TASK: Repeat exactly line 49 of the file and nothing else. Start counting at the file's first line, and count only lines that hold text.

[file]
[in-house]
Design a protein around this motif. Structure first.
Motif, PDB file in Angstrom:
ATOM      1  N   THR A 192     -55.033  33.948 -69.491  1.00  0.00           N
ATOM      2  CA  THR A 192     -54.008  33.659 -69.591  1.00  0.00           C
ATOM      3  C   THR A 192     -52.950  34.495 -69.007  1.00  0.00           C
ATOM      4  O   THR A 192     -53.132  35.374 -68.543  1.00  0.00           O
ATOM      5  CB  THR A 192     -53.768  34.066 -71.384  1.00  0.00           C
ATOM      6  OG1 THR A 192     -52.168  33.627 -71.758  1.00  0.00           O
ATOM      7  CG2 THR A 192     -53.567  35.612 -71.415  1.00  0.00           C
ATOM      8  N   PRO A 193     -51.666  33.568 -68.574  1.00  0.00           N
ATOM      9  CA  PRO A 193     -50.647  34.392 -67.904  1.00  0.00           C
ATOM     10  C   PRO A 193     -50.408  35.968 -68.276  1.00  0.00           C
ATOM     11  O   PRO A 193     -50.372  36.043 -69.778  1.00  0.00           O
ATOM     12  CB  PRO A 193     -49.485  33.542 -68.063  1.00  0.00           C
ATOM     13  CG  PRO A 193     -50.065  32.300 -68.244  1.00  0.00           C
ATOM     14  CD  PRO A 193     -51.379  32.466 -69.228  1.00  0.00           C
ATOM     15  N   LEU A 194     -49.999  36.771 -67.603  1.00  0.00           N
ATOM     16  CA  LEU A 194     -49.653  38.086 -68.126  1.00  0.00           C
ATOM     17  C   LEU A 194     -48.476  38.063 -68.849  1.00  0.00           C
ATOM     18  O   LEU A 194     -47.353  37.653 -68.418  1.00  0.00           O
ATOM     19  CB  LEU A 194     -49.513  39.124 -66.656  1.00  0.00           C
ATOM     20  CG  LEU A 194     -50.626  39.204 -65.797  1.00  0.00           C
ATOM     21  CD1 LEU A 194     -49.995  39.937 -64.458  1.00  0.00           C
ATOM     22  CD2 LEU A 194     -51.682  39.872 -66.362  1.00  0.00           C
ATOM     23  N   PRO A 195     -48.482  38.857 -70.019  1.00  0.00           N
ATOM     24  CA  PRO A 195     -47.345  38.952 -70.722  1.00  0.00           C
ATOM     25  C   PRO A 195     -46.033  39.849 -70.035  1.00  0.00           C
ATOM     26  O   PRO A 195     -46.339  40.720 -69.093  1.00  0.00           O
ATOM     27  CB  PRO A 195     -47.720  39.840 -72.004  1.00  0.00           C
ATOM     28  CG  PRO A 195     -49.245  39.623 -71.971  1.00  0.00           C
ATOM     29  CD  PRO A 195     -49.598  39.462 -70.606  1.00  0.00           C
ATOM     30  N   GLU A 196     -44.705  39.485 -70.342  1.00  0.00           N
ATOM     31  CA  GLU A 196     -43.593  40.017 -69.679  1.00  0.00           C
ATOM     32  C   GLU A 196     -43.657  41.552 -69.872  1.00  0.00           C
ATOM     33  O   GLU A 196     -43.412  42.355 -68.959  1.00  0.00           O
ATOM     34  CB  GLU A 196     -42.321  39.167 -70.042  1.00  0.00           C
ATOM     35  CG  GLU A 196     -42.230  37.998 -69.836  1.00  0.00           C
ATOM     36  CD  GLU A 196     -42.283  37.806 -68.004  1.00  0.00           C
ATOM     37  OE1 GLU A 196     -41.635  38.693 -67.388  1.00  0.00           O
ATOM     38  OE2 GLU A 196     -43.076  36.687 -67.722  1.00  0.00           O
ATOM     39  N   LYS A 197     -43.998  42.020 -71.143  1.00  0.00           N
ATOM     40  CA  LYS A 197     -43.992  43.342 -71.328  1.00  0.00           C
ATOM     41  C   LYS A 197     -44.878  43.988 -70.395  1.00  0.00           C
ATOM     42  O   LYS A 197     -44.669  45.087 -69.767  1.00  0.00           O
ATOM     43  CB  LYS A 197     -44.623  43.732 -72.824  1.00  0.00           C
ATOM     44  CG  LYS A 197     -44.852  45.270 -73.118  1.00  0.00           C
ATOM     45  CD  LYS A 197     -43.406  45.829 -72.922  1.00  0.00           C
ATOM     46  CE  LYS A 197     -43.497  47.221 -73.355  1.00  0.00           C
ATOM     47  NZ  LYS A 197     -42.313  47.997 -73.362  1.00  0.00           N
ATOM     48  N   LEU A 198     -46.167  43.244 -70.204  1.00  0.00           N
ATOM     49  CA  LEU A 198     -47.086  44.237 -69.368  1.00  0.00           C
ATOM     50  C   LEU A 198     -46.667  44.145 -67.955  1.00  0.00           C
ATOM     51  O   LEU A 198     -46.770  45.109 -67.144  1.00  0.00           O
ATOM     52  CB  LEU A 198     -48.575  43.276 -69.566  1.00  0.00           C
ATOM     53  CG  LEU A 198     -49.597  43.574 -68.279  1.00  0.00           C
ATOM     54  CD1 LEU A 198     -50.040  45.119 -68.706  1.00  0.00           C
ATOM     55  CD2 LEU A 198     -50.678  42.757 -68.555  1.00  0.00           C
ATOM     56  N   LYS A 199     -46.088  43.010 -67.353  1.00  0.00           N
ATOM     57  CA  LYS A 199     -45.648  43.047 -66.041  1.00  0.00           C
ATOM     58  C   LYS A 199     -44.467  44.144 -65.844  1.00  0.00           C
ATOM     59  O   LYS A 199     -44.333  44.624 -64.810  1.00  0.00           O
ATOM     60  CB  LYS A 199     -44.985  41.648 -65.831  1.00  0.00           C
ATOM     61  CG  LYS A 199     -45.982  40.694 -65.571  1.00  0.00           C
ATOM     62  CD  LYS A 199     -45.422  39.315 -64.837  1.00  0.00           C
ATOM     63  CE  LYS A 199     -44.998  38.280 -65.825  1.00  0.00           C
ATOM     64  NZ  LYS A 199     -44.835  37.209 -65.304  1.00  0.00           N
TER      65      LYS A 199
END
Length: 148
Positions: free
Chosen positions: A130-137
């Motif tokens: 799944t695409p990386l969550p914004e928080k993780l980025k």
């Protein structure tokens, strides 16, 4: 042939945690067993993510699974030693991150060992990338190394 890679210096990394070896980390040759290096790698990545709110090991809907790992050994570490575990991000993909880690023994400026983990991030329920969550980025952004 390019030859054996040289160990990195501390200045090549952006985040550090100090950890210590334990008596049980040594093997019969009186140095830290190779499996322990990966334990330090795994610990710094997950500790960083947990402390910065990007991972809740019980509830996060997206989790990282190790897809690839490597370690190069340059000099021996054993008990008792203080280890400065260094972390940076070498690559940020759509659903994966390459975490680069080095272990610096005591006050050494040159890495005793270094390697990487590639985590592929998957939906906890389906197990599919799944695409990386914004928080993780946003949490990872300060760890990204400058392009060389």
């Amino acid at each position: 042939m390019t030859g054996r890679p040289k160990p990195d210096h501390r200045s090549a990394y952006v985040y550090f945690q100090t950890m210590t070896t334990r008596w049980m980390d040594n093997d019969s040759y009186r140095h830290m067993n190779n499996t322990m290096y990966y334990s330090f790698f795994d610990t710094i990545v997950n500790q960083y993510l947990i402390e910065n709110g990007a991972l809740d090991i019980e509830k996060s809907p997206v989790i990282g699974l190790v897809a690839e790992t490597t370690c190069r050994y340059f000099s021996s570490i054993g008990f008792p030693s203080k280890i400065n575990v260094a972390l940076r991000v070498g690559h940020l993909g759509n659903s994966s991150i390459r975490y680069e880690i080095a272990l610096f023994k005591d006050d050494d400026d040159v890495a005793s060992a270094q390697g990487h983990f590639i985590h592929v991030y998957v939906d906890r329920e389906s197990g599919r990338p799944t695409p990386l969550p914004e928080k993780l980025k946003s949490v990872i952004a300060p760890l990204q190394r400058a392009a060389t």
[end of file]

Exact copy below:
ATOM     46  CE  LYS A 197     -43.497  47.221 -73.355  1.00  0.00           C